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Illustration: Jayachandran/Mint
Illustration: Jayachandran/Mint

The growing costs of corporate profligacy

Asset sales by indebted companies are a useful first step in deleveraging

Every credit boom ends with two problems—a pile of debt weighing down corporate balance sheets and rising bad loans in the banking system.

India is facing both these problems right now. Much of the problem of excess corporate leverage is concentrated in 10 large business groups that are active in infrastructure, as brokerage Credit Suisse has pointed out in two fine reports. These business groups are: Adani, Essar, GMR, GVK, Jaypee, JSW, Lanco, Reliance Group, Vedanta and Videocon.

The combined gross debt of these 10 groups was Rs63.10 trillion at the end of March. They also account for around 13% of the total loans in the books of Indian banks in fiscal 2012, a concentration risk that deserves regulatory attention. These large borrowers also have massive foreign borrowings, and anecdotal evidence suggests that much of it is unhedged. So the financial health of these 10 borrowers should concern not just their shareholders but also policymakers given the potential risks to financial stability.

The rapid increase in such corporate leverage would have been less of a problem if there was the prospect of healthy cash flow in the near future. That does not seem the case, as a look at the interest coverage as well as debt/operating profit ratios of these 10 groups suggest. Not all the blame lies at their doors, because many of their projects have been stalled in the recent policy logjam. The one sensible mode of meaningful deleveraging in these circumstances is asset sales.

This newspaper reported on Tuesday that asset sales have finally begun. In an interview to Mint published on Wednesday, Reserve Bank of India governor Raghuram Rajan touched on this issue as well. He said that large indebted companies have begun to sell assets, and that “we need more of that". Rajan also pointed out that Indian firms have shown a preference to sell foreign rather than domestic assets. Take the GMR group, for instance. It has offloaded its power plants in Singapore, as well as sold stakes in a South African mine and an Indian highway project.

Such asset sales will reduce balance sheet pressures. Rajan believes that if such asset sales lead to a meaningful decline in corporate debt, then many companies can use the financial space created to bid for new projects. That remains to be seen. The new Credit Suisse report released in August shows that the gross debt of the 10 large indebted groups continues to rise.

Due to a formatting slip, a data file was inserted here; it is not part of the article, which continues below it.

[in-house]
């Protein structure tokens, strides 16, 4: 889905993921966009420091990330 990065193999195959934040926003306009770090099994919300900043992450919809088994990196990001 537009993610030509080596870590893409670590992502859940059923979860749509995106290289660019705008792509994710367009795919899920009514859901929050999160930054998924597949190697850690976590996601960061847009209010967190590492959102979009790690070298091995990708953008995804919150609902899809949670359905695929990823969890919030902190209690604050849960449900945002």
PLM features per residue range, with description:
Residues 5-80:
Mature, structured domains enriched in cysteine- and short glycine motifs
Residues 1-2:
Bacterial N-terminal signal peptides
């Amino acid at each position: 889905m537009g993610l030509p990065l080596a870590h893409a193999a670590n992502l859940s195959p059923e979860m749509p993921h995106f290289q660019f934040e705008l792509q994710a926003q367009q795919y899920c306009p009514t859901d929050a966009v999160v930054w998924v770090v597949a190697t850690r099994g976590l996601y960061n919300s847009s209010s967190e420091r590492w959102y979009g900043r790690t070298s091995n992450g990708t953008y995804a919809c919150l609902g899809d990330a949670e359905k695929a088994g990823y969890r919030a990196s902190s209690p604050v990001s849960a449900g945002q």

The other leg of the solution is for the government to get stalled projects off the ground. A lot of capital has been invested but projects have not begun to generate revenue. One of the most important examples is of power plants that have not got proper coal linkages or assured gas supplies. The burden of this is being felt by not just companies but lenders as well, as is obvious from the rapid increase in problem loans (both bad and restructured).

The government has been trying to get many large projects moving, but there is no reason to believe that clearing the project logjam will yield immediate revenue to companies, especially since many of the stuck projects have long gestations. But there is no doubt that the first signs of corporate deleveraging are welcome. Indian firms had also gone on a tough financial fitness programme after the end of the splendid boom of the 1990s. They cut flab, and prepared themselves for the next turn in the business cycle five years later.

The current corporate deleveraging is essential. Asset sales are a sensible strategy right now. But Indian companies also need to take home some harsh lessons. As we have pointed out in these columns (The corporate borrowing binge has put India at risk, Mint, 5 September), external commercial borrowings accounted for nearly one-third of the total external debt at the end of fiscal 2013. There was a rush to take advantage of low global interest rates and a stable rupee. A lot of short-term foreign debt has been taken to fund long-gestation projects. Many companies have not hedged their massive dollar liabilities. The costs of such unsound financial management are becoming evident now.

Most large corporate groups continue to have sound financials, but there is clear stress in many ambitious infrastructure groups with strong political connections. Their financial restructuring is necessary, both for their shareholders as well as the Indian financial system as a whole.

Does the financial leveraging by Indian companies now pose a systemic threat? Tell us at views@livemint.com

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